Nadine Strossen served as President of the American Civil Liberties Union from 1991-2008, the first woman to do so. She is the John Marshall Harlan II Professor of Law at New York Law School. Strossen has written, taught, and advocated extensively in the areas of constitutional law and civil liberties, including through frequent media interviews. She is currently a member of the ACLU’s National Advisory Council, as well as the Advisory Boards of EPIC (Electronic Privacy Information Center), FIRE (Foundation for Individual Rights in Education), and Heterodox Academy. When she stepped down as ACLU President in 2008, three Supreme Court Justices (Ruth Bader Ginsburg, Antonin Scalia, and David Souter) participated in her farewell and tribute luncheon.
Eugene Volokh is one of the most prominent experts on First Amendment law today. He is perhaps best known as the founder and coauthor of The Volokh Conspiracy, a Weblog that gets about 35-40,000 page views per weekday. Volokh teaches free speech law, tort law, religious freedom law, church-state relations law, and a First Amendment amicus brief clinic at UCLA School of Law. Before joining UCLA, he clerked for Justice Sandra Day O’Connor on the U.S. Supreme Court and for Judge Alex Kozinski on the U.S. Court of Appeals for the Ninth Circuit. A prolific author of published textbooks and law review articles, he is also an Academic Affiliate for the Mayer Brown LLP law firm and has argued before the Seventh Circuit, the Ninth Circuit, the Indiana Supreme Court, and the Nebraska Supreme Court, and has also filed briefs in federal and state courts across the country.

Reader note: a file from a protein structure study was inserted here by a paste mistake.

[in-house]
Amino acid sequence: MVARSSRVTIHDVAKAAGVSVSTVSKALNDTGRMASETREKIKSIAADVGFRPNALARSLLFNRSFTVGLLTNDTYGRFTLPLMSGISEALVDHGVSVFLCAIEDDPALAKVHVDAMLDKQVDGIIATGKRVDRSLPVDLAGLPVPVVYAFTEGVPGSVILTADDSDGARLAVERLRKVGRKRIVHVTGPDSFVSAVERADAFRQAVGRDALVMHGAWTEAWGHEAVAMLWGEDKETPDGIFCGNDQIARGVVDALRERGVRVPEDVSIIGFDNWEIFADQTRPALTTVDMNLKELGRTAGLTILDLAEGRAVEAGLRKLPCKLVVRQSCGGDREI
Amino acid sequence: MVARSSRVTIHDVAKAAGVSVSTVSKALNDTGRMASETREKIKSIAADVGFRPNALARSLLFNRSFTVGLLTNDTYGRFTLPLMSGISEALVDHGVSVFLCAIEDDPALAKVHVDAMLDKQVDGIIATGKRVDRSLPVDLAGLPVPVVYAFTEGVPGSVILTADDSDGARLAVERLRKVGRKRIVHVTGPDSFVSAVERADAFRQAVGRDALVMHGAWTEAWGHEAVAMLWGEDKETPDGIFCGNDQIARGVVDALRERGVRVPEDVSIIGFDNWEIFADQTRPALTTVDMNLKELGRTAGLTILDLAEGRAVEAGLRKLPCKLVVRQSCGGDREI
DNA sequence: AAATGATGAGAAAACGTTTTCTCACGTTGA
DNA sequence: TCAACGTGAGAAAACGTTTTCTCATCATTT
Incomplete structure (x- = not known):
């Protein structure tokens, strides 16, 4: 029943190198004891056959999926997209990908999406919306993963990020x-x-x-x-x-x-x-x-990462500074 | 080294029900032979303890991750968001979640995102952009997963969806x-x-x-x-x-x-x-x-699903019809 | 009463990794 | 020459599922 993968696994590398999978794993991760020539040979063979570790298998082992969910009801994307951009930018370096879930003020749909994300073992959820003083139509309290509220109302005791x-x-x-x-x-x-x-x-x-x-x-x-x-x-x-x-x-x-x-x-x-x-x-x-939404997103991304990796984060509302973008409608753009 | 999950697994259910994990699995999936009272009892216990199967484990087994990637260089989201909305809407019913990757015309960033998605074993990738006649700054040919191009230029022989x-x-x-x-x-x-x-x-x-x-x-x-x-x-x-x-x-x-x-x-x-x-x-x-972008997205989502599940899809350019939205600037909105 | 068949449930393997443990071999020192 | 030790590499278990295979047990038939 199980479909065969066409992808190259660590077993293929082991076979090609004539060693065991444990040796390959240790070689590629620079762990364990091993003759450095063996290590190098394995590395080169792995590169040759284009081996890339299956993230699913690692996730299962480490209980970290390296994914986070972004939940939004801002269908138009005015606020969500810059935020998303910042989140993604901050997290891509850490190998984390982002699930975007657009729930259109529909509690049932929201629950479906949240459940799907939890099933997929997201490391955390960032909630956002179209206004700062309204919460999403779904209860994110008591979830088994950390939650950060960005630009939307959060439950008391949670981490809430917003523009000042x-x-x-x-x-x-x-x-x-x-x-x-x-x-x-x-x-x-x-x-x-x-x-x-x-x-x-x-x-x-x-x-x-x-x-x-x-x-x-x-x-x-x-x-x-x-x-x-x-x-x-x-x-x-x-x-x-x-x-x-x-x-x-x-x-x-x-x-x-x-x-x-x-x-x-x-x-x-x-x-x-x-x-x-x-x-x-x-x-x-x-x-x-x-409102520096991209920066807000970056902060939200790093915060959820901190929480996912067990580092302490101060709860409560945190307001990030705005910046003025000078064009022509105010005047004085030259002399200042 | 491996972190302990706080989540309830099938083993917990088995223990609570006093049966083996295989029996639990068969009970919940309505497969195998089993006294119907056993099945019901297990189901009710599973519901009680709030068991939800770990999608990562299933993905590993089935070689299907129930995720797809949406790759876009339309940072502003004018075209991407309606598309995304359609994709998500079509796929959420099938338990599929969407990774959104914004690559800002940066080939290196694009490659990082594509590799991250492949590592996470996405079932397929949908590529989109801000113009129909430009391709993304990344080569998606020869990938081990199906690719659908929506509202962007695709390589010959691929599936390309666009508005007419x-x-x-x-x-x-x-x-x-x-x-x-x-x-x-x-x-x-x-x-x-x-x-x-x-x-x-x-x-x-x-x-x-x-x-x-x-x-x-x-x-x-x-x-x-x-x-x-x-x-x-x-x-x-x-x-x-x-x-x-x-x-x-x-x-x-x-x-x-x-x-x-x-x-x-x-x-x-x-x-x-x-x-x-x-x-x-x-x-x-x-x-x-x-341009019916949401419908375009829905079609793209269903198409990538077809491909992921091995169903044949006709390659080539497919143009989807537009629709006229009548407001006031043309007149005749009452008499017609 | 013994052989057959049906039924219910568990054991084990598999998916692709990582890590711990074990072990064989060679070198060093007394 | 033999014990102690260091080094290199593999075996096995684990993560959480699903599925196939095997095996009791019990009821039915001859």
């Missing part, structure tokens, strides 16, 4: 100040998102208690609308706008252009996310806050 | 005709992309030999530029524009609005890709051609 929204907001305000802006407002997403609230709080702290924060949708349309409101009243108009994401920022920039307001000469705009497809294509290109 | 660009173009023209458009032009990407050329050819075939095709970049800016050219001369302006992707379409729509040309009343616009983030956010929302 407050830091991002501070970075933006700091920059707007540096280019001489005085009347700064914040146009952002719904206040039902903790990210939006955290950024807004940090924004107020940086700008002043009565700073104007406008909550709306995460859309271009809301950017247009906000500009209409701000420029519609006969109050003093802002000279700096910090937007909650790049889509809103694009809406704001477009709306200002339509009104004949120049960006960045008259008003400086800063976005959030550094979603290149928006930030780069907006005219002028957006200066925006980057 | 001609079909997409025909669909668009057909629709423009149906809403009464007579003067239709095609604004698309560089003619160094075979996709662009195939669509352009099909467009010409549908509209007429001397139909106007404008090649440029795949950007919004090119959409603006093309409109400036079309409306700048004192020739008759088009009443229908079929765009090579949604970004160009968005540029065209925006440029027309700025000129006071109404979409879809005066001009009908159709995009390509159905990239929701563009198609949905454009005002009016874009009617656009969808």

Ronald K.L. Collins is a Harold S. Shefelman Scholar at the University of Washington School of Law and former scholar at the Washington, D.C. Office of the First Amendment Center from 2002 to 2009. He served as a law clerk to Justice Hans A. Linde on the Oregon Supreme Court and was a Supreme Court Fellow under United States Supreme Court Chief Justice Warren Burger. A prolific author, Collins has written numerous books on Constitutional law and the First Amendment, including “When Money Speaks: The McCutcheon Case, Campaign Finance Law & the First Amendment” (2014) (co-authored with David Skover).
Craig Brown, City Attorney for the City of Manassas and the former City Attorney for the City of Charlottesville, Virginia, a position in which he served during the riots in the Summer of 2017. Brown has more than 38 years of experience as a municipal attorney.
Robert Corn-Revere was lead counsel for plaintiffs in Mainstream Loudoun v. Loudoun County Library in which the court declared public library internet filtering to be unconstitutional. He also served as co-counsel in Bernstein v. United States in which the Ninth Circuit Court of Appeals declared software source code to be constitutionally protected by the First Amendment. In 2000, Corn-Revere argued United States v. Playboy Entertainment Group on behalf of respondent Playboy Entertainment Group before the Supreme Court of the United States resulting in a 5- 4 decision in which the Court struck down portions of the Communications Decency Act. Corn-Revere successfully defended CBS Television and Viacom in an FCC proceeding resulting from the Super Bowl XXXVIII halftime show controversy, the so-called “wardrobe malfunction.”